A mentor is someone who allows you to see the hope inside yourself. — Oprah Winfrey

I love this quote, and mentoring, for me, has been the backbone of creating hope and development in my growth.

Mentoring has been one of the best investments of my time and energy and has contributed greatly to my focus on continuous learning.

Having been a mentee (both formally and informally), and having learnt so much from those who have shared with me – I am now in the position of being a mentor for others, which is a different kind of learning.

To be clear, that doesn’t mean I’m done with being a mentee, there’s still heaps of learning ahead!

Early in my career, I was lucky to have some great bosses who modelled the best on how to support and protect the team. Something that I consider incredibly important, and which can be basically summed up for me in one phrase:

When a goal is achieved credit to the team, when something flops it’s all on the leader.

I think so much of learning is about modelling.

When you become a parent, one of the most confronting lessons is that no matter what you say, your kids will do what you do!

So, those aspirational behaviours that the pre-kids you always knew you would absolutely insist upon, actually has to be lived to really take. It’s common sense, but it’s very difficult to appreciate until you’re in it.

So, is mentoring just an extension of this ‘Common Sense Manifesto?’

I have followed Colin Ellis and last year was a participant at one of his courses.

I wish I had written the ‘Common Sense Manifesto’ – just the act of committing it to paper is perhaps the thing that makes the most sense!

Colin has a way of simplifying and articulating ‘common sense‘ that can be used in your personal and/or professional day. I encourage you to have a read. I feel strongly that there is another point in there somewhere about not wasting [time, attention, raw materials, energy].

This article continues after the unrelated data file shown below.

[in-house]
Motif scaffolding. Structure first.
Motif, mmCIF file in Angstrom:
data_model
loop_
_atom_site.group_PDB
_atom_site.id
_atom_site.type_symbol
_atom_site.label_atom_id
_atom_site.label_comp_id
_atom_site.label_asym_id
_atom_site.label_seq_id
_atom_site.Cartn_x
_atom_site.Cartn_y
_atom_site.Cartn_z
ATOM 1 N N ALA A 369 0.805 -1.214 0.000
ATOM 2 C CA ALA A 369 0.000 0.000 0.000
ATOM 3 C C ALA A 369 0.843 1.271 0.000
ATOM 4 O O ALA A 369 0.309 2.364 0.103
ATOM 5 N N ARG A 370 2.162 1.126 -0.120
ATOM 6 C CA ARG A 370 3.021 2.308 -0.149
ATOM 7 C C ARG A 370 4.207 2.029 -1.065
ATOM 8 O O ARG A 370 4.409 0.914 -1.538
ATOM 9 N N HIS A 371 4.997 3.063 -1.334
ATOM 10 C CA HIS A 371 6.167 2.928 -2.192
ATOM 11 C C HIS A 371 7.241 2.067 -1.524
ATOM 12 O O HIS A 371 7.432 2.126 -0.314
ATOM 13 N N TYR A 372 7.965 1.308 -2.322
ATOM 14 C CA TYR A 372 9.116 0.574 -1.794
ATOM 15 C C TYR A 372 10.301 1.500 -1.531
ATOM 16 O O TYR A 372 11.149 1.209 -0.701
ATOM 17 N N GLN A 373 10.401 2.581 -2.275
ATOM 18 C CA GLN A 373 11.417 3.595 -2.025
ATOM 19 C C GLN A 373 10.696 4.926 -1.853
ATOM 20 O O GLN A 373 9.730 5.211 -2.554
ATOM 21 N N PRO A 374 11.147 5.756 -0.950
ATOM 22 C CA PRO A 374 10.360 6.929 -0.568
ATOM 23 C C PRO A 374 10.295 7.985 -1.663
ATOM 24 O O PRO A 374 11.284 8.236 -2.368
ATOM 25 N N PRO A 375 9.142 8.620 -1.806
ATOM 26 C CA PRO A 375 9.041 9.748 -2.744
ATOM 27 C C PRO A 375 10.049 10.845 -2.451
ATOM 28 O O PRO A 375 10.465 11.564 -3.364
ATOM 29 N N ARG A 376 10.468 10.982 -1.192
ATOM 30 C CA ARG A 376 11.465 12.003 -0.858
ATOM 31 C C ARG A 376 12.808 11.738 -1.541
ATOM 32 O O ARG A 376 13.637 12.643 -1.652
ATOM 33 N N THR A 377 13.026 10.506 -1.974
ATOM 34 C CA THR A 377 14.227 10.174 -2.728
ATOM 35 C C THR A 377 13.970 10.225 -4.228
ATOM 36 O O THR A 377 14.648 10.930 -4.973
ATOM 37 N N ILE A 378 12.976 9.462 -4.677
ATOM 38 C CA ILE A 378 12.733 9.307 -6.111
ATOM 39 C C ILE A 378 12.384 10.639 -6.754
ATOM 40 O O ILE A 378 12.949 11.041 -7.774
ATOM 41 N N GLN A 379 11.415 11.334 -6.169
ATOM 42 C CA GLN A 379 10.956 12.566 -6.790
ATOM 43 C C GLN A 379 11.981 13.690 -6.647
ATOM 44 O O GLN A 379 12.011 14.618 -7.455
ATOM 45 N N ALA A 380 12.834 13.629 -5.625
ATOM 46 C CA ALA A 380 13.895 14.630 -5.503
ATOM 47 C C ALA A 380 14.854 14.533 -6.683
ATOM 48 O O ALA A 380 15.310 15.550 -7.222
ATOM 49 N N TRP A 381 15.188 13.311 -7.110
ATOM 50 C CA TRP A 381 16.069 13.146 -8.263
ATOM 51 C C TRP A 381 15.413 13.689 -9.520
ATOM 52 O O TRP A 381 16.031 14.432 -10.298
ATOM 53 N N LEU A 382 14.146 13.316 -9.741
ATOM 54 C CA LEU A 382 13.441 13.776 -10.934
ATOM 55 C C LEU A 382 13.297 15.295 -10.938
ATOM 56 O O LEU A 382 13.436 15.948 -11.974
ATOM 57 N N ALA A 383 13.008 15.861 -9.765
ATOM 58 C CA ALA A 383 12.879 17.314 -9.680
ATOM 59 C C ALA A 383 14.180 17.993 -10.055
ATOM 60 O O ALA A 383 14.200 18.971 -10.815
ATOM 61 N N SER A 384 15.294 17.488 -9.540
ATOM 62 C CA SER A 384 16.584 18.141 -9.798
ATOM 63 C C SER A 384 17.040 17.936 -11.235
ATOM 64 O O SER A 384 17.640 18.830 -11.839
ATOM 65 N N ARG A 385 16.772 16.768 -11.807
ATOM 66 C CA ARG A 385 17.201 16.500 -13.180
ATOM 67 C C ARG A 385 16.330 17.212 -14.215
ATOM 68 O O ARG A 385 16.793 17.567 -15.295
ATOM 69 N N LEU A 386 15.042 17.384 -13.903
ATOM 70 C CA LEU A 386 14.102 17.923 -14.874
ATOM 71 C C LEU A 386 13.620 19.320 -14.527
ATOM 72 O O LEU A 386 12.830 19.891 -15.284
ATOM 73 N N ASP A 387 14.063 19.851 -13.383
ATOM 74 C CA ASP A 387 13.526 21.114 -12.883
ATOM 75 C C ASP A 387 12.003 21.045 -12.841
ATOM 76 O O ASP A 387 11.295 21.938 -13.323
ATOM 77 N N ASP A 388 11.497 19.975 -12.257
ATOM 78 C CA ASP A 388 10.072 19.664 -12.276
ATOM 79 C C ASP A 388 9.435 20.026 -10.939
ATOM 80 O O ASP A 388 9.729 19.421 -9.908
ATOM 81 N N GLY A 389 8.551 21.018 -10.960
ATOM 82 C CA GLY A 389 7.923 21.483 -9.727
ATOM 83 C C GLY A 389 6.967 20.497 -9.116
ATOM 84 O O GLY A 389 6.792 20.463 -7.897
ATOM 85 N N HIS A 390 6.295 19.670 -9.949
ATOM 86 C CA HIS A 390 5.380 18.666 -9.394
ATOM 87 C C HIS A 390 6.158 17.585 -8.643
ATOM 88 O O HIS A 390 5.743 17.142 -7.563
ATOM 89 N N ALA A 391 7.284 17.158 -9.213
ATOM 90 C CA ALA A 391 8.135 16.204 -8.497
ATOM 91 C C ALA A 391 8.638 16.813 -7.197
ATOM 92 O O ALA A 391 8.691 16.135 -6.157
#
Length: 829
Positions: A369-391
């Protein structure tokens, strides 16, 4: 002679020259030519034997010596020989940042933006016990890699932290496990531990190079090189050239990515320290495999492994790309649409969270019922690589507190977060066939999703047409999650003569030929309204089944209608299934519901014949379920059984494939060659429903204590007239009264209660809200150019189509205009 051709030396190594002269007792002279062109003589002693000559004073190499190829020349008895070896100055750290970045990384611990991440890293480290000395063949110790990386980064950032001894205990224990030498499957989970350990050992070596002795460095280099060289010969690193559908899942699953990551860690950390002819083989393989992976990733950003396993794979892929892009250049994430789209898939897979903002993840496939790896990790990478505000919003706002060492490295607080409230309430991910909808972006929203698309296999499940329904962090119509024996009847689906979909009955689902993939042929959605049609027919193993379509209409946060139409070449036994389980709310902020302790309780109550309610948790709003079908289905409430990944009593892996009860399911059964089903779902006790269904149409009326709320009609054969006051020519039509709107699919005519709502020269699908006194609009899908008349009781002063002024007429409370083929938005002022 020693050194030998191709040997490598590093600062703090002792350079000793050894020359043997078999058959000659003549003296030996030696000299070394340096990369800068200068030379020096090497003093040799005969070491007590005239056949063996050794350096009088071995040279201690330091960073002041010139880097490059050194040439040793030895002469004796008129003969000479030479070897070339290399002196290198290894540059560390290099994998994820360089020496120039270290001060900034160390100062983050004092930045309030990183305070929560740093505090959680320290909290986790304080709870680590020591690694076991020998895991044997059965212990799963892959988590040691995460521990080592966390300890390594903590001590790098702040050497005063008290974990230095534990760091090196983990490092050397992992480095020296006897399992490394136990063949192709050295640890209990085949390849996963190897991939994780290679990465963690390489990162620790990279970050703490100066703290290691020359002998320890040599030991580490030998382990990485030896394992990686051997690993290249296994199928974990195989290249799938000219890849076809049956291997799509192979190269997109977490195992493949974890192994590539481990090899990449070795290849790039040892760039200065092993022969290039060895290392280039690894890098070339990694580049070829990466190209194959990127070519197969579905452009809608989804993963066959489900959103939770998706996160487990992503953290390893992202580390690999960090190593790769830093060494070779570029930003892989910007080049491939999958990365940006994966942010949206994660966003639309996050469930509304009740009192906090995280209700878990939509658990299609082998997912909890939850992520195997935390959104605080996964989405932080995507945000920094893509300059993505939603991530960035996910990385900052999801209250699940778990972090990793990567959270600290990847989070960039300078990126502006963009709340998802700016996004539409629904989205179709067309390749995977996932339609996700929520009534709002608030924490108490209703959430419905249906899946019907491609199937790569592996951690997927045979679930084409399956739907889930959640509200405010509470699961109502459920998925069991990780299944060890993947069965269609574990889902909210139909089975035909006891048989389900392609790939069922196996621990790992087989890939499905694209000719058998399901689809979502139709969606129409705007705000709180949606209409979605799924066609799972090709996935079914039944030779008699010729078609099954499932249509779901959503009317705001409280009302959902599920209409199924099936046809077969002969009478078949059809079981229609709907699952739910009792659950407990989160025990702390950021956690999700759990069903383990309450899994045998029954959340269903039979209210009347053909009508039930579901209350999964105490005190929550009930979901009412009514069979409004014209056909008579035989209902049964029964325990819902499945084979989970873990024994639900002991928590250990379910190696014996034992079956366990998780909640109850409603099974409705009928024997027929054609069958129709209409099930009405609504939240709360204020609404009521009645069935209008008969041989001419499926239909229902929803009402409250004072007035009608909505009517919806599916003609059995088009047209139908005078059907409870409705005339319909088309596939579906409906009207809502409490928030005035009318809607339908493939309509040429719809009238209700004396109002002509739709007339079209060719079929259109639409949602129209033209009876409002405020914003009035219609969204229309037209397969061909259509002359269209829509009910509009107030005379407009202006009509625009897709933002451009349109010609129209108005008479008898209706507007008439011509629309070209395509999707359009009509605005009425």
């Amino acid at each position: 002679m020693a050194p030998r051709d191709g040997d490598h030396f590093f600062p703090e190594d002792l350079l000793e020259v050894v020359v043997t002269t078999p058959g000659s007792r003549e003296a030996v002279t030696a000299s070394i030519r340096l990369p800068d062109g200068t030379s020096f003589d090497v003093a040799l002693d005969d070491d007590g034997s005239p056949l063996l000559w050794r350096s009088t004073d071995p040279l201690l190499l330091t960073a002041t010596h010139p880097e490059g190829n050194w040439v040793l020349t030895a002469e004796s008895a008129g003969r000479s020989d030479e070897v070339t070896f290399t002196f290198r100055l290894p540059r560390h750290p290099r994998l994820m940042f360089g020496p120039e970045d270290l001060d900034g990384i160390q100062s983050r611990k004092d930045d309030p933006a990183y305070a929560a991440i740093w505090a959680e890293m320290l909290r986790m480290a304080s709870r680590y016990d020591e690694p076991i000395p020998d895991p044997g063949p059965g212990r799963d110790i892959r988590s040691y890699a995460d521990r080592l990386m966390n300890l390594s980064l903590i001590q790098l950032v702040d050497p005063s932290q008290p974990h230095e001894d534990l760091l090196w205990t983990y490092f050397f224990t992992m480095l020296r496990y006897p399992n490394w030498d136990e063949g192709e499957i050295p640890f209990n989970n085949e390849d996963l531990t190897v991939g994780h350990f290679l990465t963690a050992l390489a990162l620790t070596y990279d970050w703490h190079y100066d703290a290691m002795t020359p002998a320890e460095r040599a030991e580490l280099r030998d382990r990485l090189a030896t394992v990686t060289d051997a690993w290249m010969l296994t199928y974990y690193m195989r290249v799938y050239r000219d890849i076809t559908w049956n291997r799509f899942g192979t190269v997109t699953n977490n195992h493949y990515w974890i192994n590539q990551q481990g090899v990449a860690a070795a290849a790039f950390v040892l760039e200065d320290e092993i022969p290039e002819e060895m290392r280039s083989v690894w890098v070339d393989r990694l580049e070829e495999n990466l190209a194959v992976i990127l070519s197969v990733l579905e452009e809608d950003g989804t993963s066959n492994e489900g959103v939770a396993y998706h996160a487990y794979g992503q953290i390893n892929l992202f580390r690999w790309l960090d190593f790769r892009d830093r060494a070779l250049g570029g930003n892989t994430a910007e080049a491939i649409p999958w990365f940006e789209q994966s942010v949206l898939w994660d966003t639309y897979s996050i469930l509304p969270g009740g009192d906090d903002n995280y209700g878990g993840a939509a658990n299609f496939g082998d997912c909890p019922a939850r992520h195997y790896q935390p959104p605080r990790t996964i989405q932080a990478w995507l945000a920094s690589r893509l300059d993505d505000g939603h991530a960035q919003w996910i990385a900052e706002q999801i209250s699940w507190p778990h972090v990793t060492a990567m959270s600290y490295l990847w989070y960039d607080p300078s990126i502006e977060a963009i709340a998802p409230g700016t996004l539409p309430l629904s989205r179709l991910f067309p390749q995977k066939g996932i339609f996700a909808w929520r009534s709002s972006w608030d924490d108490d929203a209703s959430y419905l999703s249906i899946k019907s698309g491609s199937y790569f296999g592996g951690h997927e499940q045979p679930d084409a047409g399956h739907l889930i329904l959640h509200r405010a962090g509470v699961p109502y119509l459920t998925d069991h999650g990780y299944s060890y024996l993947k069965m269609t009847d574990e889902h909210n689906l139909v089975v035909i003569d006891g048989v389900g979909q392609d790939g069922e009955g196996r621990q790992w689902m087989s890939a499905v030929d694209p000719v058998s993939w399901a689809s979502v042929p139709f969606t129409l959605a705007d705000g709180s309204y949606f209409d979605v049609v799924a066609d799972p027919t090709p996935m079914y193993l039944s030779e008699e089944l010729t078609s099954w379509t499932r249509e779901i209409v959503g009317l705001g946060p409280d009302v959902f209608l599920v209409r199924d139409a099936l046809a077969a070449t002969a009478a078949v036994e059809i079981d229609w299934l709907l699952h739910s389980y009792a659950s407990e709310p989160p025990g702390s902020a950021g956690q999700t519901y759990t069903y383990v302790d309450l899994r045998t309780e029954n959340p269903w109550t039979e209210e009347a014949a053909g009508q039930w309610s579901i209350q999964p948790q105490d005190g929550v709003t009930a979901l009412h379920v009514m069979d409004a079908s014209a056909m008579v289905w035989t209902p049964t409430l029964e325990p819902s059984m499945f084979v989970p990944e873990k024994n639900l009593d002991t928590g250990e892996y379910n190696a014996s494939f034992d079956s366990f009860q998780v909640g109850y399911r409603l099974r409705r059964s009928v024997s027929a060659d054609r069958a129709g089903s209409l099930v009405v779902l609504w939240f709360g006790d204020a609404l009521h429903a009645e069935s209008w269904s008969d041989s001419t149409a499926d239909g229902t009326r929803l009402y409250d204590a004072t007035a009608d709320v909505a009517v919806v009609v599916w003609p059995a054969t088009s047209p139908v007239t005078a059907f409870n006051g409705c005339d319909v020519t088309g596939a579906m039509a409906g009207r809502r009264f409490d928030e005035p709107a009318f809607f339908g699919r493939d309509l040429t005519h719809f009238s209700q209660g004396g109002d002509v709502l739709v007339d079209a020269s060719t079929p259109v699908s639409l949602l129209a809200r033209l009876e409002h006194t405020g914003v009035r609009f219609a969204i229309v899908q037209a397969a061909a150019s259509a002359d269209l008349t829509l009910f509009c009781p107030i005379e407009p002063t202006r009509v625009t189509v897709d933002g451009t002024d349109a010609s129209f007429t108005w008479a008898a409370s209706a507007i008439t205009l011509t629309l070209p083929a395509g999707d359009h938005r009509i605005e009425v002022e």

Many times in my life I have looked at situations and people and felt that what was lacking was a strong dose of common sense.

To me, having a great mentor relationship fits in nicely with common sense manifesto number 6: ‘Never Stop Learning’.

How can you keep learning when you don’t have a formal mentor relationship in place?

A friend who has recently started running their own business asked me how I get mentoring in my own business life.

I have at points had a formal relationship, but right now it’s less formal. Some of the things that I do that keep the learning alive are:

  • Reading (and Listening): I read and I listen. A lot. In the car, on a plane, I even listen to podcasts when I have trouble getting to sleep (some of my personal favourites are below). They’re not all business focused, some of them are just smart people who I explore ideas that I find interesting.
  • Writing: not as much, or as well, as I aspire to, but writing helps me to construct my thoughts and feeds into the development of my own ideas. Sometimes it’s a stream of consciousness kind of blurt and then sometimes it’s trying to put myself in a position where I can see someone else’s point of view. Sometimes it’s this where I’m sharing what has worked for me.
  • Thinking: putting time aside to think is not something I have a special place or space for (yet, I would really like one). Lots of people I know talk about the benefits of meditation and I agree with them, but I spend a lot of time in my work life at a desk/ in front of a screen, so I tend to combine thinking with exercise. I started running because I really hated it, and I keep running because it makes me feel physically tired and allows me to just think. I deliberately don’t run with music. At the start of a race recently I heard one participant say to his running buddy, “How do you do this without music? If I have time to think about this I’ll start to ask myself why I signed up for 21km” – it made me smile.
  • Participating in groups: I recently signed up to a group challenge online. No one is going to check what I’m doing but it’s creating an action list for me, not all of the items need action but so far, it’s been a good experience to re-align and re-focus on some basics.

I am in the fortunate position of working with technology teams; things keep changing and there are constantly new things to learn and grapple with, so learning is part of my everyday. It’s this learning that allows me to keep developing, contributing to my own knowledge and sharing it with the teams that we work with. 6R don’t specifically align with one type of software or system, we are constantly learning new software, processes and about the people that we work with.

My favourite podcasts

Chat 10 Looks 3 with Annabel Crabb and Leigh Sales

Slow Burn by Slate

Art of Charm (advanced social skills training for top performers)

Freakonomics with Steven D. Levitt and Stephen J. Dubner

On Being Project (deep thinking and social courage to renew life)